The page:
Chicago ticked past a pair of grim milestones as August passed into September. Chicago Police said 90 people were murdered in the city in August. A few hours into Sept. 1, the total number of murders in 2016 reached 469, exceeding the tally for all of last year.
The number of murders in August was the most in a single month during an already bloody year, and the most in a one-month span in 20 years.
Year-to-date, the city has endured a 50 percent increase in murders and a similar spike in other categories of violent crime, while also grappling with public furor over police tactics following the release last year of video of a CPD officer pumping 16 bullets into teenager Laquan McDonald.
August also saw the city’s crime troubles receiving national attention. While other large cities have notched significant surges in violence, the 50 percent increase in shootings and murders in Chicago was an outlier. Numerous news reports have noted that the number of murders in Chicago is greater than the total for New York City and Los Angeles combined.
After Chicago-based rap star and one-time aldermanic candidate Che “Rhymefest” Smith was robbed at gunpoint last Saturday morning, he issued a harsh critique of the police officers who took his report to his Twitter followers.
The day before Rhymefest was robbed, Nykea Aldridge, a cousin of Bulls star Dwyane Wade, became one of the few murder victims in the city to garner attention outside the city when Donald Trump, the Republican presidential nominee, observed in a tweet that her death was a reason for African-Americans to vote for him.
As the long Labor Day weekend loomed, the police union urged members to turn down holiday overtime and stay home, and Gov. Bruce Rauner deflected calls from activists that he should send the National Guard into the city to tamp down violence.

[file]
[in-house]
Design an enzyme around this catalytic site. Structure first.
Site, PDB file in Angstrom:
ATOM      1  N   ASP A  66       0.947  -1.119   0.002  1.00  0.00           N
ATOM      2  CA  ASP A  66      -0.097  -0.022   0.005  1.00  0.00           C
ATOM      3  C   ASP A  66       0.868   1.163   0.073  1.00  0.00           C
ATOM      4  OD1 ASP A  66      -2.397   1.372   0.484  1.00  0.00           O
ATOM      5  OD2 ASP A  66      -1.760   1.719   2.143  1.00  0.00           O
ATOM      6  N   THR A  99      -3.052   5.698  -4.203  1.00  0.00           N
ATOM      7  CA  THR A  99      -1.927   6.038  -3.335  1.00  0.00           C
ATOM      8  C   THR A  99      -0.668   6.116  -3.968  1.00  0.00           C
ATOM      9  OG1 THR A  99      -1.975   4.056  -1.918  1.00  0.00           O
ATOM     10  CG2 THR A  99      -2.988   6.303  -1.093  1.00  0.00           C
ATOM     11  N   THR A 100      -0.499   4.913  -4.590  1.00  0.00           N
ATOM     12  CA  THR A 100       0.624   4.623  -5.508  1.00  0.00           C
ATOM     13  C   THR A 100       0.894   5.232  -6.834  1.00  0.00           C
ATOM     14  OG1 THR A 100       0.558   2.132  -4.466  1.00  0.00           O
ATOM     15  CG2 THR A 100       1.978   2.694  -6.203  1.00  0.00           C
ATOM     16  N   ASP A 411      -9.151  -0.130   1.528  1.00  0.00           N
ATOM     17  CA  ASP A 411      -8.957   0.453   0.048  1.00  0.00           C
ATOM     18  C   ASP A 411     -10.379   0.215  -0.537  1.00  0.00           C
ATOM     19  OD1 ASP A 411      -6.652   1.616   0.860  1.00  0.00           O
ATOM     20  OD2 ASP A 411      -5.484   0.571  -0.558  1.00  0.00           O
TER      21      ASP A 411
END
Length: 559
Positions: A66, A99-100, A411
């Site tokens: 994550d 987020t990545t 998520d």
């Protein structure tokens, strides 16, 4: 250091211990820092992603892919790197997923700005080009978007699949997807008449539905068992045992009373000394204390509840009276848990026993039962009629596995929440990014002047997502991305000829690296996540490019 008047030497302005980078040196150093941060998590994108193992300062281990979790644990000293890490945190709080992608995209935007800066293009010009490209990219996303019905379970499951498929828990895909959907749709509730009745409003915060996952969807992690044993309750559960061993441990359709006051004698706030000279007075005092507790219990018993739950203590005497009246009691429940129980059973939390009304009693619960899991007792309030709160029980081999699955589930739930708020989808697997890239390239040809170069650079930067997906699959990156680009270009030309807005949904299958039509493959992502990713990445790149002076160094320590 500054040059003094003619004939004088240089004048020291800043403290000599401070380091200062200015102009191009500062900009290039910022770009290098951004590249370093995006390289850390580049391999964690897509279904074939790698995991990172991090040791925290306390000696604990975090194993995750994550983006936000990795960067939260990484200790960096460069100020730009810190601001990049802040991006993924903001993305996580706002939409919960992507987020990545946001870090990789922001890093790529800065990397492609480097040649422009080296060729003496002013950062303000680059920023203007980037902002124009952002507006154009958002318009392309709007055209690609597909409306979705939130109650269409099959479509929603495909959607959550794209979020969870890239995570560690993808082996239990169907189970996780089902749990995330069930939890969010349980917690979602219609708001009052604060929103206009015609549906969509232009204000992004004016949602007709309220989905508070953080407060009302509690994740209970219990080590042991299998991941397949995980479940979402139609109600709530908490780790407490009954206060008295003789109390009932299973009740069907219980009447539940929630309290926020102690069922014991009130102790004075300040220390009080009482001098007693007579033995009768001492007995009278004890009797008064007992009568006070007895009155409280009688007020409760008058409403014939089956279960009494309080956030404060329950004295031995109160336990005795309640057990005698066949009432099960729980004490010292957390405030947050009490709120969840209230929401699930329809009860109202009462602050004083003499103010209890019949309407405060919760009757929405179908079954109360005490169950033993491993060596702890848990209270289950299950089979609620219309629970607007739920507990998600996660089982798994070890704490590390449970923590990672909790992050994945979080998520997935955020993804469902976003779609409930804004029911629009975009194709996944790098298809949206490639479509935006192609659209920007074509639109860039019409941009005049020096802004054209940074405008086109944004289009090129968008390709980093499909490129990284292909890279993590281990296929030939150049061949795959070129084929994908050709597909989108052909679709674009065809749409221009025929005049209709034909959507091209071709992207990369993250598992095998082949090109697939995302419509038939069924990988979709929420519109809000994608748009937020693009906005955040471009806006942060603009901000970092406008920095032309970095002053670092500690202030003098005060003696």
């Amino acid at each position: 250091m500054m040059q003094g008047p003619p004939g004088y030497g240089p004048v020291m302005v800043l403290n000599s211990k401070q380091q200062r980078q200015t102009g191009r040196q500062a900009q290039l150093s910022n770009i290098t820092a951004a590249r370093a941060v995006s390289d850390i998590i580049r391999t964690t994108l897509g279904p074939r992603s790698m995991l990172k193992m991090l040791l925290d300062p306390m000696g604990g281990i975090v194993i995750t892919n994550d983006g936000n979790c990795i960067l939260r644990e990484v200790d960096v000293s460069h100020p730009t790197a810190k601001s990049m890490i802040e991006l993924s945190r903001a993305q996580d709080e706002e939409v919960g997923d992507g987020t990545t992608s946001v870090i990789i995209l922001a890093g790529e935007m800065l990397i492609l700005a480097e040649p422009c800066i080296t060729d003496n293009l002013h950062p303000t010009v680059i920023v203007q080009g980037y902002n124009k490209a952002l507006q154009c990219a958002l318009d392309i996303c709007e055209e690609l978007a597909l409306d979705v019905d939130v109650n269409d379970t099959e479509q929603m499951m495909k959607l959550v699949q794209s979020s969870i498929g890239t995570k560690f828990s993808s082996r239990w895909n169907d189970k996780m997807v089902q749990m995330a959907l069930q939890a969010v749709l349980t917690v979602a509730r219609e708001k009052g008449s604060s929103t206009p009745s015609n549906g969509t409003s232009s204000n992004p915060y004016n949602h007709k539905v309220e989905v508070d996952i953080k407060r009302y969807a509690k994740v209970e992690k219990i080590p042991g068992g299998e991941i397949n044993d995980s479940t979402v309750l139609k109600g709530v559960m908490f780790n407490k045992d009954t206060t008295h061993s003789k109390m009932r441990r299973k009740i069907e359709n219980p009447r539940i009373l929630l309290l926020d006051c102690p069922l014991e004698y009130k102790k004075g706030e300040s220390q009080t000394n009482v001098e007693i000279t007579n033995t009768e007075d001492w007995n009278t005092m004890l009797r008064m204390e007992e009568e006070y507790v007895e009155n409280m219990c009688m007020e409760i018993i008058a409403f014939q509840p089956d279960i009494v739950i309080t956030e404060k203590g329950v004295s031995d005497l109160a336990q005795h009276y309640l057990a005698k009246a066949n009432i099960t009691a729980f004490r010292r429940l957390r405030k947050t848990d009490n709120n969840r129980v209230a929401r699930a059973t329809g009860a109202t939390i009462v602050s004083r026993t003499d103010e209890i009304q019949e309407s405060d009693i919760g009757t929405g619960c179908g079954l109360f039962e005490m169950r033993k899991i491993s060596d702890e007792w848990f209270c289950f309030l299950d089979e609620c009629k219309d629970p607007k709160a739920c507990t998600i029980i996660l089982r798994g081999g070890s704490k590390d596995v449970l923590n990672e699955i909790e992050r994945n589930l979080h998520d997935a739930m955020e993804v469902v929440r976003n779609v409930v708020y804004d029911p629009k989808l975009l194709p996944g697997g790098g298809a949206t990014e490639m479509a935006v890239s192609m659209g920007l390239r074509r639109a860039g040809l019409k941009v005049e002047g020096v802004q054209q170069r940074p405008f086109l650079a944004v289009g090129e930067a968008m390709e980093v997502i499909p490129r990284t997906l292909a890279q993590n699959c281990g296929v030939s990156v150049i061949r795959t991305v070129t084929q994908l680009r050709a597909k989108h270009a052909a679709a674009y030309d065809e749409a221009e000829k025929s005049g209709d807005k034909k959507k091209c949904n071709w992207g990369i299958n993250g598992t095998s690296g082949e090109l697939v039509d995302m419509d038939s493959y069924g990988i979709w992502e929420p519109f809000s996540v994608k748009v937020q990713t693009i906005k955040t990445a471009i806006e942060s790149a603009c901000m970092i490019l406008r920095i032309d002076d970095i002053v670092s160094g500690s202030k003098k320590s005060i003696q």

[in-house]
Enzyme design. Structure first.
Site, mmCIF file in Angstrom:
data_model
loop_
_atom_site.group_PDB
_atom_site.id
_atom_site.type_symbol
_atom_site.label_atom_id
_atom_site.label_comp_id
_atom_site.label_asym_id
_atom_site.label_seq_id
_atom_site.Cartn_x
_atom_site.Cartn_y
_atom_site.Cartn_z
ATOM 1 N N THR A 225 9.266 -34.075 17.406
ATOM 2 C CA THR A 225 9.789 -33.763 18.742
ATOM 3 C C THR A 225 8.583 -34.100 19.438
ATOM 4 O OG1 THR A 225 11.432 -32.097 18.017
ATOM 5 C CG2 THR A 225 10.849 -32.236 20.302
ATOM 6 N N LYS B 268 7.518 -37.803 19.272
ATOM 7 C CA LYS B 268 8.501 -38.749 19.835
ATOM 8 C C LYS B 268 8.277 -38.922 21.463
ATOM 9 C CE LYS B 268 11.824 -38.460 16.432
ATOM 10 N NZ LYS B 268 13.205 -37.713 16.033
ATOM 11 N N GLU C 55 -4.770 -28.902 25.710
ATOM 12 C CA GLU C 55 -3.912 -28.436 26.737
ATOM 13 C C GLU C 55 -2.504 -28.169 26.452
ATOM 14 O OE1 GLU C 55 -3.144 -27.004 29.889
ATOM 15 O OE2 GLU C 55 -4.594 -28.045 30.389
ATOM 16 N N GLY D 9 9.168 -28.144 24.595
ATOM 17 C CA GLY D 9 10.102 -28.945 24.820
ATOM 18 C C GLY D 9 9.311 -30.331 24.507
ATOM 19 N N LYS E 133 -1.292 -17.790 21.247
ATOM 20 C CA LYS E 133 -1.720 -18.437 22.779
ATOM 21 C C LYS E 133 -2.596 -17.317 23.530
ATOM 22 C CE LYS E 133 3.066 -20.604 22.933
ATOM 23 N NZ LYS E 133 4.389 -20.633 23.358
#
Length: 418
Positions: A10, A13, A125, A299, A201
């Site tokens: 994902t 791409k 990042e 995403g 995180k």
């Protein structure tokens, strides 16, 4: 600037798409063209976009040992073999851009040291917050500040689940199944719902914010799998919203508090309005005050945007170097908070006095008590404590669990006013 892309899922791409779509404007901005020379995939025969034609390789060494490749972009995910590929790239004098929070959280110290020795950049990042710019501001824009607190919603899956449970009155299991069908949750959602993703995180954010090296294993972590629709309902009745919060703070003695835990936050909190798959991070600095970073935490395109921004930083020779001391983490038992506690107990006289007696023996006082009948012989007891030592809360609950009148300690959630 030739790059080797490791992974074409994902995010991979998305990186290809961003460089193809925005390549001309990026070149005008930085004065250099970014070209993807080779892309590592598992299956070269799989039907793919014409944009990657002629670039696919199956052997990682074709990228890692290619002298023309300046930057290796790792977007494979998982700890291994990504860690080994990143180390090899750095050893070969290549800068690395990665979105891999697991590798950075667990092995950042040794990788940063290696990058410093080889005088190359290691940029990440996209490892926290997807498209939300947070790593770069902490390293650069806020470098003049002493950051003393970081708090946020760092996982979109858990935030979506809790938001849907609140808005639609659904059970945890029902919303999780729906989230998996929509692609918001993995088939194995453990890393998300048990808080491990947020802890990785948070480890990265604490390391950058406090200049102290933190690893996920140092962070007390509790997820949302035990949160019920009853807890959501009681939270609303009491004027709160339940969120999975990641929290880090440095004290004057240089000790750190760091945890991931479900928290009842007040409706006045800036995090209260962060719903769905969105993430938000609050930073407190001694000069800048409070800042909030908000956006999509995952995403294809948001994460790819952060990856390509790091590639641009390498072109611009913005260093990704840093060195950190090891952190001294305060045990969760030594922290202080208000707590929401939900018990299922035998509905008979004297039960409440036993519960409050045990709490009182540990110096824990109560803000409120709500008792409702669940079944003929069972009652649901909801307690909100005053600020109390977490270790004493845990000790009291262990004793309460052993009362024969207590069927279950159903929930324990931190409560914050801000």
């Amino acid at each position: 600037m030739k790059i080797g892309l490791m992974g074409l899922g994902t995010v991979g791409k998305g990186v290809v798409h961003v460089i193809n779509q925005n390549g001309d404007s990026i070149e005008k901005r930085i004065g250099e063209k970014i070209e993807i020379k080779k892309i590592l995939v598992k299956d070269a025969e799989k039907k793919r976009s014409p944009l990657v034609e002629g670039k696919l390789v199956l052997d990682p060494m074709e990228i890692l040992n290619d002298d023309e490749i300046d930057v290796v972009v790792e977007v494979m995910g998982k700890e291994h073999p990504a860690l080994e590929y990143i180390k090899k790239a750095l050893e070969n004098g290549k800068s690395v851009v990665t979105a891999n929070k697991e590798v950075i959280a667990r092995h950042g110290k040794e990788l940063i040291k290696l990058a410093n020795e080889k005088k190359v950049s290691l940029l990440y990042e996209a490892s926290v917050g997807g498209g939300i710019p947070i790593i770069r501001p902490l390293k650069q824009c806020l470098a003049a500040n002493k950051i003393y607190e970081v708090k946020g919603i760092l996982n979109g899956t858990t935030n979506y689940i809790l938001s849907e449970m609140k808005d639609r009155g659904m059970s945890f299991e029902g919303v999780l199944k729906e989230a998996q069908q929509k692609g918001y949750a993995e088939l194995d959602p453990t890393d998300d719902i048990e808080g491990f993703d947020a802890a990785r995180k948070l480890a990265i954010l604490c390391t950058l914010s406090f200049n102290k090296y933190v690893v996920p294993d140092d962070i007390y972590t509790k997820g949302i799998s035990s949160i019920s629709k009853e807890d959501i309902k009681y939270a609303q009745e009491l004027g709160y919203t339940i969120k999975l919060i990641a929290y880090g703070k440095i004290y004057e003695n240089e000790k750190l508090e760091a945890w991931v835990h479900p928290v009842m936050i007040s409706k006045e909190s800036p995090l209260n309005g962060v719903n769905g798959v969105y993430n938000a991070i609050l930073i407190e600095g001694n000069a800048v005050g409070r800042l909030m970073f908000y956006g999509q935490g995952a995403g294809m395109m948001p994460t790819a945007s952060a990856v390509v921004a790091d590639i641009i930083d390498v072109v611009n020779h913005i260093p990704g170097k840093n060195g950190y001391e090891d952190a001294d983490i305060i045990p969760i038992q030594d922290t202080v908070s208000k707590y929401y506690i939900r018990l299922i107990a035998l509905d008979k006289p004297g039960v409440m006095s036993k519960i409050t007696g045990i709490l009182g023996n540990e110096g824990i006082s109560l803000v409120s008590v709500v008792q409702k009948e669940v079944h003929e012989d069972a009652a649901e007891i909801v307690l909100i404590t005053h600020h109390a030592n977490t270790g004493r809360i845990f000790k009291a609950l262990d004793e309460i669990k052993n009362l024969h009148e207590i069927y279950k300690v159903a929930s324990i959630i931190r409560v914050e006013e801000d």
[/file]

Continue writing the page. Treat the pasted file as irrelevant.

Spencer Leak Sr. said he is only dimly aware of the news or statistics as he goes about his work, but to his staff and clients at Leak & Sons Funeral Home in Chatham, it is clear that something is going wrong on the streets of Chicago.
The business, founded by Leak’s father in 1933, has always drawn clients from the adjacent neighborhoods of Lawndale and Englewood, areas that have seen a disproportionate share of the city’s homicides.
“It takes a toll, physically and emotionally, when you are seeing so many beautiful, young black men and women that you are working on,” Leak said Thursday. “My philosophy is not to count the families that come to our funeral home. I leave that to accountants. We just say that it is too many, and that something must be done about it.”
CPD spokesman Anthony Guglielmi noted several positive trends in the year-to-year comparison of 2016 and 2015: There were nearly 20 percent more murder arrests this August than last, and CPD officers have taken 5,900 guns off the street through seizures and gun buy-back events, a 22 percent increase.
“That tells me that the police officers that have sworn to protect and serve are doing their jobs,” CPD Supt. Eddie Johnson said during one of several interviews with local TV stations on Thursday.
Returning to themes that the police chief has sounded in virtually every public appearance since he was appointed to the post earlier this year, Johnson said that a relative handful of repeat offenders drive most of the violence, and he called for longer prison sentences to keep them off the streets.
“Where we need help is holding these repeat gun offenders accountable for their actions,” Johnson said. “Right now in the city of Chicago, would you believe me if I told you, pre-trial, a person who steals a pack of hot dogs for retail theft does more time in jail than a gun offender does. That’s ridiculous.”